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Beyond the Surface: Hidden hazards of antibiotics & other Emerging Contaminants in treated wastewater

Updated Date: 01 Sep 2023 

Emerging contaminants are pervasive chemicals not commonly monitored in the environment but can potentially enter the environment and cause known/suspected adverse human health and/or ecological effects at very low concentrations. Emerging contaminants like pharmaceuticals and personal care products are of great concern in treated wastewater reuse projects, as these enter the environment mainly via domestic use and don’t degrade easily. They persist for longer periods in the environment due to their stable structure.

Pharmaceuticals like antibiotics, hormones, anti-inflammatories (like ibuprofen and diclofenac), antidiabetic and antiepileptic drugs, blood pressure reducers, psychiatric drugs, cancer drugs etc. – undergo human metabolism in the course of normal use, resulting in excretion – down the drain disposal to sewage treatment plants. After regular use, many personal-care products, such as laundry and dishwashing detergents, go down the drain to sewage treatment plants. 

Are sewage treatment plants equipped to remove these contaminants?

In 2013, Scientific American reported: ‘Only Half of Drugs Removed by Sewage Treatment’. It reported the findings of a study on the Great Lakes by the International Joint Commission, a consortium of officials from the United States and Canada.

Later in 2021, Horizon, The European Union Research & Innovation magazine, reported Professor Ad Ragas, an environmental scientist at Radboud University in the Netherlands and coordinator of the PREMIER project, as saying: ‘A lot of people think sewage plants clean water, but these plants were built to remove nitrogen and phosphates, not pharmaceuticals. These pharmaceuticals end up in the environment, along with other micropollutants.’

United States Geologic Survey (USGS) researches pharmaceuticals in water and says on its website: Another source of pharmaceuticals in stream water is you and me. Essentially, drugs that people take internally are not all metabolised in the body, and the excess ends up in our wastewater leaving homes and entering the sewage-treatment plants. It might sound surprising that these drugs could be detected in streams miles downstream from wastewater-treatment plants, but many plants do not routinely remove pharmaceuticals from water.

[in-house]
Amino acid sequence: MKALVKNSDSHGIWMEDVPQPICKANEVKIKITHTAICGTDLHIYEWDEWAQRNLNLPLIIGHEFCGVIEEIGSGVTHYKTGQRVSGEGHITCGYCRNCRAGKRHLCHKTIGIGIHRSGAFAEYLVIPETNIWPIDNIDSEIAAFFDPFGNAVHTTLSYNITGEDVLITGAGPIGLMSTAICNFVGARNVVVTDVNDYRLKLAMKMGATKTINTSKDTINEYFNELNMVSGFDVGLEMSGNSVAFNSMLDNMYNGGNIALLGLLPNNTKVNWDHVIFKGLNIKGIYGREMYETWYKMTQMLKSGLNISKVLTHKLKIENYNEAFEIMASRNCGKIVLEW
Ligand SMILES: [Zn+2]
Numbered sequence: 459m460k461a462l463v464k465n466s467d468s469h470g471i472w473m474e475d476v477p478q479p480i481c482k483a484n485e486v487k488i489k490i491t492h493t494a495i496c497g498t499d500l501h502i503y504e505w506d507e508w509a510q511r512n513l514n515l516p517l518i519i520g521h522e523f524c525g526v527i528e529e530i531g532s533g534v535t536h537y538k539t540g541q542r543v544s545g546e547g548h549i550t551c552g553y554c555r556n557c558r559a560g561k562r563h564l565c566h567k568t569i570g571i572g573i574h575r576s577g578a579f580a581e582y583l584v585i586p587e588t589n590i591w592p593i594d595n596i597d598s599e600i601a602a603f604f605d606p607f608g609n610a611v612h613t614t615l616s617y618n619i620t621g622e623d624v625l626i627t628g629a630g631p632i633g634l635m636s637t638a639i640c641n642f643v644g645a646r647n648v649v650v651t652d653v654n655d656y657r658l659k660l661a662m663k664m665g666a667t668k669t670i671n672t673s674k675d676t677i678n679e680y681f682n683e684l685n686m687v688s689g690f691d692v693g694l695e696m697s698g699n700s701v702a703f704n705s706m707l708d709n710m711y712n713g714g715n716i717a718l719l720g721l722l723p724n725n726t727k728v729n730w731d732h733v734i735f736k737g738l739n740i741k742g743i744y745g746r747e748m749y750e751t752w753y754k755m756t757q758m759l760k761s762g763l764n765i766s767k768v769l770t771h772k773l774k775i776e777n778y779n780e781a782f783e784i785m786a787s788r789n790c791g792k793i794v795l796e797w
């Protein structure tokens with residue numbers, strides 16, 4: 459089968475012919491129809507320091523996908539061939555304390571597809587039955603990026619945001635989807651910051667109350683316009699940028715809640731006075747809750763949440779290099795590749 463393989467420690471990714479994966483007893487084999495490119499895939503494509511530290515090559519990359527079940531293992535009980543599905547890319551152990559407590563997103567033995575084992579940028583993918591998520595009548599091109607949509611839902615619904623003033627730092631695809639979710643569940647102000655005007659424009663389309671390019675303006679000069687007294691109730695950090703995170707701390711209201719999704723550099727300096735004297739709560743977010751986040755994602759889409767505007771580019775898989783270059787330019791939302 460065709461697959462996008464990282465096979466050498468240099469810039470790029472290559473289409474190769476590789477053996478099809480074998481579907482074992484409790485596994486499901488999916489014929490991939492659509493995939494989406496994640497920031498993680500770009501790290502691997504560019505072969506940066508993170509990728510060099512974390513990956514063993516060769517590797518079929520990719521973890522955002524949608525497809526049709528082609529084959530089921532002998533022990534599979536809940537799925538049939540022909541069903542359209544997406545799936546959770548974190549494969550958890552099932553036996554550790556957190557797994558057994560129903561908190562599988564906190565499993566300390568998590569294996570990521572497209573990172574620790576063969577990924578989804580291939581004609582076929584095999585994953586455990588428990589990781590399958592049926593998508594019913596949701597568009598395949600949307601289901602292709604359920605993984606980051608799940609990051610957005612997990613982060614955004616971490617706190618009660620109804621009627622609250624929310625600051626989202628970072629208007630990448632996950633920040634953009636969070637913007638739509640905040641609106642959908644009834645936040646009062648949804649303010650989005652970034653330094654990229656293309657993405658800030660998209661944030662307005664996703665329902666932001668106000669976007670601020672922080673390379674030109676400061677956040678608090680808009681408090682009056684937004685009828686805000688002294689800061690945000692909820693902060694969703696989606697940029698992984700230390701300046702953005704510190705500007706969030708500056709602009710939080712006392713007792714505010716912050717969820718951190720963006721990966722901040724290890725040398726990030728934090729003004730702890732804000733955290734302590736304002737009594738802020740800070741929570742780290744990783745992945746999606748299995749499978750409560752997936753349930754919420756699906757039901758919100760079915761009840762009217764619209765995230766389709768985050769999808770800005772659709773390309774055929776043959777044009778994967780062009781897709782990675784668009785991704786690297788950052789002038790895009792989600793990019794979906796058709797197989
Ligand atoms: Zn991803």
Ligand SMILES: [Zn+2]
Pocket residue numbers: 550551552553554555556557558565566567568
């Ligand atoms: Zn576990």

Over the past two decades, scientists worldwide have identified emerging contaminants in treated wastewater.

Kolaramma Lake filled with KC valley secondary treated wastewater


This is pertinent to India, especially Karnataka, where projects like KC valley are projected as harmless. The country’s environmental regulations does not require environmental impact assessment for such treated wastewater transfer projects. Neither the state nor the society has adequately examined the high-risk pollution aspects. Today, this model project is setting a precedent for other wastewater projects to ignore the high risk that emerging contaminants and other pollutants pose. The risk is even higher with the kc valley project’s sewage treatment plants breaching statutory limits.

Consider antibiotics. As a country, India consumes a high volume of broad-spectrum antibiotics, which are then excreted down the drain for disposal to rivers, lakes and sewage treatment plants.  Since the sewage treatment plants do not remove these, they end up in the treated wastewater and are released into the waterways (Study 1, Study 2).

Without knowing exact impacts, consistently seeing antibiotics show up in effluent is concerning. Even at low levels, you don’t want to have people ingest antibiotics regularly because it will promote resistance,” Scientific American reported Diana Aga, a chemistry professor and researcher at the University of Buffalo studying emerging chemicals in the Great Lakes.

India has the highest rate of antibiotic resistance. Peer reviewed study published in the Indian Journal of medical research reported: Injudicious use of antimicrobials and inadequate treatment of waste waters are important drivers of AMR in India. (AMR=Anti-microbial resistance)


When antibiotic-laden, poorly treated secondary wastewater is used for surface water storage and groundwater recharge by projects like KC valley, the potential for surface and groundwater contamination increases immensely. With groundwater being the sole drinking water source for the Kolar region, the threat of antibiotic contamination of drinking water exists because of the KC valley project.



For water-stressed Kolar, where treated wastewater becomes the major source, we must be greatly concerned about antibiotics and other emerging contaminants. We must urgently seek better treatment options and rigorous monitoring of pumped wastewater before Kolar makes the disturbing and irreversible transition from parched to polluted.

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